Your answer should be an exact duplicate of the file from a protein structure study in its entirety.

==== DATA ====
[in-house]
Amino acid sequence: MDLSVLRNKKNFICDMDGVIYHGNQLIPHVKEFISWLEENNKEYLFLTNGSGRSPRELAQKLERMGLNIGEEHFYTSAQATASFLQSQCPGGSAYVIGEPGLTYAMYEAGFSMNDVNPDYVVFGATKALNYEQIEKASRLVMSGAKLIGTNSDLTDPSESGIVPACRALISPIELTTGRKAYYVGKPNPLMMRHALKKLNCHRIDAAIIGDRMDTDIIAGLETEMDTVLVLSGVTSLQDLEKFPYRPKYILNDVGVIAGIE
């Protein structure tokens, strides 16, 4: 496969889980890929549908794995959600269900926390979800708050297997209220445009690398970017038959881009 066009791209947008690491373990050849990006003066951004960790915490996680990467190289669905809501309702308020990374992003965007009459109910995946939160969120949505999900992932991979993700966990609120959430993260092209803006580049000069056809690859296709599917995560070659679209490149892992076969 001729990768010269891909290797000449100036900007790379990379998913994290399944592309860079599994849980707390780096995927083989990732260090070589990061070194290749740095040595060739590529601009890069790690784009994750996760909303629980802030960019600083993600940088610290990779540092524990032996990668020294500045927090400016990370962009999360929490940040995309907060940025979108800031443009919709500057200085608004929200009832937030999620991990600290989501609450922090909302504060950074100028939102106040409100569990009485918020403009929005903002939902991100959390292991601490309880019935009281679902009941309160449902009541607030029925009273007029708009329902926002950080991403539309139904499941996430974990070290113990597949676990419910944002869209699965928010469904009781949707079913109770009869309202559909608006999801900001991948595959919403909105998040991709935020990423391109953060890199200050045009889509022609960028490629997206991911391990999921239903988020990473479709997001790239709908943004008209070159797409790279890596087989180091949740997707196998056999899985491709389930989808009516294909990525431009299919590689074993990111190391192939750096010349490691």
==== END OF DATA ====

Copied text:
[in-house]
Amino acid sequence: MDLSVLRNKKNFICDMDGVIYHGNQLIPHVKEFISWLEENNKEYLFLTNGSGRSPRELAQKLERMGLNIGEEHFYTSAQATASFLQSQCPGGSAYVIGEPGLTYAMYEAGFSMNDVNPDYVVFGATKALNYEQIEKASRLVMSGAKLIGTNSDLTDPSESGIVPACRALISPIELTTGRKAYYVGKPNPLMMRHALKKLNCHRIDAAIIGDRMDTDIIAGLETEMDTVLVLSGVTSLQDLEKFPYRPKYILNDVGVIAGIE
């Protein structure tokens, strides 16, 4: 496969889980890929549908794995959600269900926390979800708050297997209220445009690398970017038959881009 066009791209947008690491373990050849990006003066951004960790915490996680990467190289669905809501309702308020990374992003965007009459109910995946939160969120949505999900992932991979993700966990609120959430993260092209803006580049000069056809690859296709599917995560070659679209490149892992076969 001729990768010269891909290797000449100036900007790379990379998913994290399944592309860079599994849980707390780096995927083989990732260090070589990061070194290749740095040595060739590529601009890069790690784009994750996760909303629980802030960019600083993600940088610290990779540092524990032996990668020294500045927090400016990370962009999360929490940040995309907060940025979108800031443009919709500057200085608004929200009832937030999620991990600290989501609450922090909302504060950074100028939102106040409100569990009485918020403009929005903002939902991100959390292991601490309880019935009281679902009941309160449902009541607030029925009273007029708009329902926002950080991403539309139904499941996430974990070290113990597949676990419910944002869209699965928010469904009781949707079913109770009869309202559909608006999801900001991948595959919403909105998040991709935020990423391109953060890199200050045009889509022609960028490629997206991911391990999921239903988020990473479709997001790239709908943004008209070159797409790279890596087989180091949740997707196998056999899985491709389930989808009516294909990525431009299919590689074993990111190391192939750096010349490691």